If you've been hurt and suffered a disabling injury, you may not be able to return to work. In that case, you can usually apply for Social Security Disability benefits. These benefits help you receive an income even though you're unable to work a normal job. You may have some questions about Social Security; here are some common concerns.
Will applying for Social Security Disability benefits reduce Social Security retirement benefits?
No. Your disability payments will pay the same as if you were receiving your full retirement benefits at age 66. If you reach 66 and still have the disability payments, you'll be switched to retirement income instead.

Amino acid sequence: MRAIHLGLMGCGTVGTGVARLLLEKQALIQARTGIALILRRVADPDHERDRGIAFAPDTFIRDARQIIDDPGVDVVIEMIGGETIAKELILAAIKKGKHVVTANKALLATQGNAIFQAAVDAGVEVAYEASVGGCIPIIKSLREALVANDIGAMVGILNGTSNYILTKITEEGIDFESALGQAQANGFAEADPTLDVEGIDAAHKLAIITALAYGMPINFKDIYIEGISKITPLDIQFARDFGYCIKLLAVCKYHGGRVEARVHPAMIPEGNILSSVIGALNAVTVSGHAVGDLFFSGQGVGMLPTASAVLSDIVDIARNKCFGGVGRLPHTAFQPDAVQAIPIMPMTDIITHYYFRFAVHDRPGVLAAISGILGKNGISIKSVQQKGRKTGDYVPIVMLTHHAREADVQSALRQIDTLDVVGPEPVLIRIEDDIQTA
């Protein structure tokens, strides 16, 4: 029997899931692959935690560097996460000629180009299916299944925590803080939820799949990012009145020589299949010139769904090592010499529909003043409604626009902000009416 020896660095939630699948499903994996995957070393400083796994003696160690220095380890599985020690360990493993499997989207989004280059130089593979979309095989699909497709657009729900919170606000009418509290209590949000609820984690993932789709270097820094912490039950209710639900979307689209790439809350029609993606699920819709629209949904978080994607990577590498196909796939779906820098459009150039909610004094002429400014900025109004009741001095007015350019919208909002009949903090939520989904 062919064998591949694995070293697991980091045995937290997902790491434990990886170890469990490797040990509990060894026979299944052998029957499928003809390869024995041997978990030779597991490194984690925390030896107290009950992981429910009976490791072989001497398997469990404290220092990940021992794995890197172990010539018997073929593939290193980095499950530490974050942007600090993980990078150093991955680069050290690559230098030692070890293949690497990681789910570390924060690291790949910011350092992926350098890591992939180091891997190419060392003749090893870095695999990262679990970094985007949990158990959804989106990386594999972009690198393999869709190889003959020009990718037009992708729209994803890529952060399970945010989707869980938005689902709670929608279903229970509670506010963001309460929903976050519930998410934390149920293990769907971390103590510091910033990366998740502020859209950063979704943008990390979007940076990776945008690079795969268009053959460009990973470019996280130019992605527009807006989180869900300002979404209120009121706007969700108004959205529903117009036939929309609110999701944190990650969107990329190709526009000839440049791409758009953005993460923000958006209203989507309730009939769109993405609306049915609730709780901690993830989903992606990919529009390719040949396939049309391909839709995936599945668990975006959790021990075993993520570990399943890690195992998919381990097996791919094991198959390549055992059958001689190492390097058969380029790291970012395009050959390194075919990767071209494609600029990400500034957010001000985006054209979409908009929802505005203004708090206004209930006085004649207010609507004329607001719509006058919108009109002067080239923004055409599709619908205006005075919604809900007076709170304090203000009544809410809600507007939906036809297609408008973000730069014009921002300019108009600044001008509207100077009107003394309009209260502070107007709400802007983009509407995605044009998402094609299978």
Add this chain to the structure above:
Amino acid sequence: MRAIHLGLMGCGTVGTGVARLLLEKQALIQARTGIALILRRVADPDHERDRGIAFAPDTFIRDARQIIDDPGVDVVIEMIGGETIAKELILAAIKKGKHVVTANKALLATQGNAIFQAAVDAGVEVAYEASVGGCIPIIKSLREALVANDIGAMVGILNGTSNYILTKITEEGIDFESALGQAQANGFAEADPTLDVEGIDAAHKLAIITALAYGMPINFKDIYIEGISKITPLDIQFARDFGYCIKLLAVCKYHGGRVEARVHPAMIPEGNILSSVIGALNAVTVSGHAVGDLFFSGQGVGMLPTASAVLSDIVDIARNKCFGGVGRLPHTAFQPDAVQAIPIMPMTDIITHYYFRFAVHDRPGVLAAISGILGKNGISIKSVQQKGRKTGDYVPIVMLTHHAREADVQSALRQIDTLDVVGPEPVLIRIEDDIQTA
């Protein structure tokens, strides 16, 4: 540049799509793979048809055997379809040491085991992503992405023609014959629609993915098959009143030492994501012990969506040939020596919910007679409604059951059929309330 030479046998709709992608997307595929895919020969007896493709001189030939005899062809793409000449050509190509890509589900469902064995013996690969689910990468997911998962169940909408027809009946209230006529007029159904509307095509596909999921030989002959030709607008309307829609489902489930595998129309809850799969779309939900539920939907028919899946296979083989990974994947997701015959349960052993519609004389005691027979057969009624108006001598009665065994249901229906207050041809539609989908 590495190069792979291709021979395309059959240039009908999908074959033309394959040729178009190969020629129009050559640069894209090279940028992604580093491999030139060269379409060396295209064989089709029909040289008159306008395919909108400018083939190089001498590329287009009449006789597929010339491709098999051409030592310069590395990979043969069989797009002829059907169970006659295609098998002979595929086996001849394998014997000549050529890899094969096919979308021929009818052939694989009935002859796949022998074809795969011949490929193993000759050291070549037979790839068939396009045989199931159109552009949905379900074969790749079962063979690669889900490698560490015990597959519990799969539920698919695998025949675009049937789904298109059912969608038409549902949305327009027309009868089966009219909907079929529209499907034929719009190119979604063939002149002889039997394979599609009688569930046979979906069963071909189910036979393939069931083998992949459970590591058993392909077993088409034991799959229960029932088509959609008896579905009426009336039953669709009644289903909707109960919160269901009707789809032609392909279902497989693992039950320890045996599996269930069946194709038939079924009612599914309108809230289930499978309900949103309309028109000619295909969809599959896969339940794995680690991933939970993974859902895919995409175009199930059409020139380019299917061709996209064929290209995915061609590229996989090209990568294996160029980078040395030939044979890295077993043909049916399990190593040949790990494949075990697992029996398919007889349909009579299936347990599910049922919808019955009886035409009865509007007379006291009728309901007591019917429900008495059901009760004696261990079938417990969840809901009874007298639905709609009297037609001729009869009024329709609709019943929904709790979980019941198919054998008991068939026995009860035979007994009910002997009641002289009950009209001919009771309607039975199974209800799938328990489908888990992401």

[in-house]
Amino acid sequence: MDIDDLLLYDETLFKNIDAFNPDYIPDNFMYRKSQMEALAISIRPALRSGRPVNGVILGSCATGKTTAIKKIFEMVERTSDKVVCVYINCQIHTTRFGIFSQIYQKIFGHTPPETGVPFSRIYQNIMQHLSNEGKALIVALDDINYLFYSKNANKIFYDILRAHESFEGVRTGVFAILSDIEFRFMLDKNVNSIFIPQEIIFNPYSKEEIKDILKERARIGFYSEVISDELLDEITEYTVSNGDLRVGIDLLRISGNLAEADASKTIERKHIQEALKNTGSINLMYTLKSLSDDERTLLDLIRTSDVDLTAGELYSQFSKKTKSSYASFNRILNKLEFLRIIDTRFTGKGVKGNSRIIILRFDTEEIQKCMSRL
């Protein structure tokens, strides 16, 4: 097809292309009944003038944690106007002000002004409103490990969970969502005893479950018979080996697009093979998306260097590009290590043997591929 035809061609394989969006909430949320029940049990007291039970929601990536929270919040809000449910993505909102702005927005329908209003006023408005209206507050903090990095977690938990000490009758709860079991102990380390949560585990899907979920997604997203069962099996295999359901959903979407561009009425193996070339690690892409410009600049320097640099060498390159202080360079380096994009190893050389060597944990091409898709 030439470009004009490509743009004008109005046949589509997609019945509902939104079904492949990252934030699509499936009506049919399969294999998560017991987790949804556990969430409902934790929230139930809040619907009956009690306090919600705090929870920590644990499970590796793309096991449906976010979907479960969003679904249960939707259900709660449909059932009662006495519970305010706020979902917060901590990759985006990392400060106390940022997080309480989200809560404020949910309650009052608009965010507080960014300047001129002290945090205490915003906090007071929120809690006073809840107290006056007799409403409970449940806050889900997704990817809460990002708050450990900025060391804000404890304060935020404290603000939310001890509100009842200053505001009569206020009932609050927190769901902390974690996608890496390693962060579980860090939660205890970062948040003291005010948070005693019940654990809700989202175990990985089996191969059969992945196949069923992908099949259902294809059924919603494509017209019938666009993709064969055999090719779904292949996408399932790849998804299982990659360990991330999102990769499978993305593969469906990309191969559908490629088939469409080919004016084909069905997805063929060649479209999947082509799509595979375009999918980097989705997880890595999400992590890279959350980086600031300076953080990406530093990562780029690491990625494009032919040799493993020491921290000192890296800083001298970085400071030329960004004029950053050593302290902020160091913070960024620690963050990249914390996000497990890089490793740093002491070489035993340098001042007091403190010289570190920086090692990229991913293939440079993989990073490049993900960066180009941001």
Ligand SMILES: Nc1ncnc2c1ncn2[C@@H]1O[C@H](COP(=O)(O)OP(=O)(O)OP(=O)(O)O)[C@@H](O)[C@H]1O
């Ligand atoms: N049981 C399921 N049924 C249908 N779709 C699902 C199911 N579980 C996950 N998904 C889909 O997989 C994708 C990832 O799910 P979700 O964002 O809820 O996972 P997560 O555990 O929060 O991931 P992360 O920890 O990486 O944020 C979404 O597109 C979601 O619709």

Should you cancel an application for Social Security Disability if you think you'll be back to work within a year?
Your medical paperwork will show how serious your injuries are. If you submit the paperwork and the Social Security Administration doesn't believe your illness or injuries constitute a disability, then your claim is likely to be denied. On the other hand, if you've been too optimistic, then you'll have the income you need while you take longer to recover.
If you receive workers' compensation and Social Security Disability, how much can you receive?
You're entitled to up to 80 percent of your pre-disability income. If you were to receive a full income or more, it would be less likely for you, or anyone else, to want to return to work. The goal of this lower amount is to encourage people to return to work when they're able. Your attorney can help you make sure you're getting the most out of your benefits arrangement.
Source: Tucson.com, "Social Security and You: Questions about disability benefits," June 18, 2016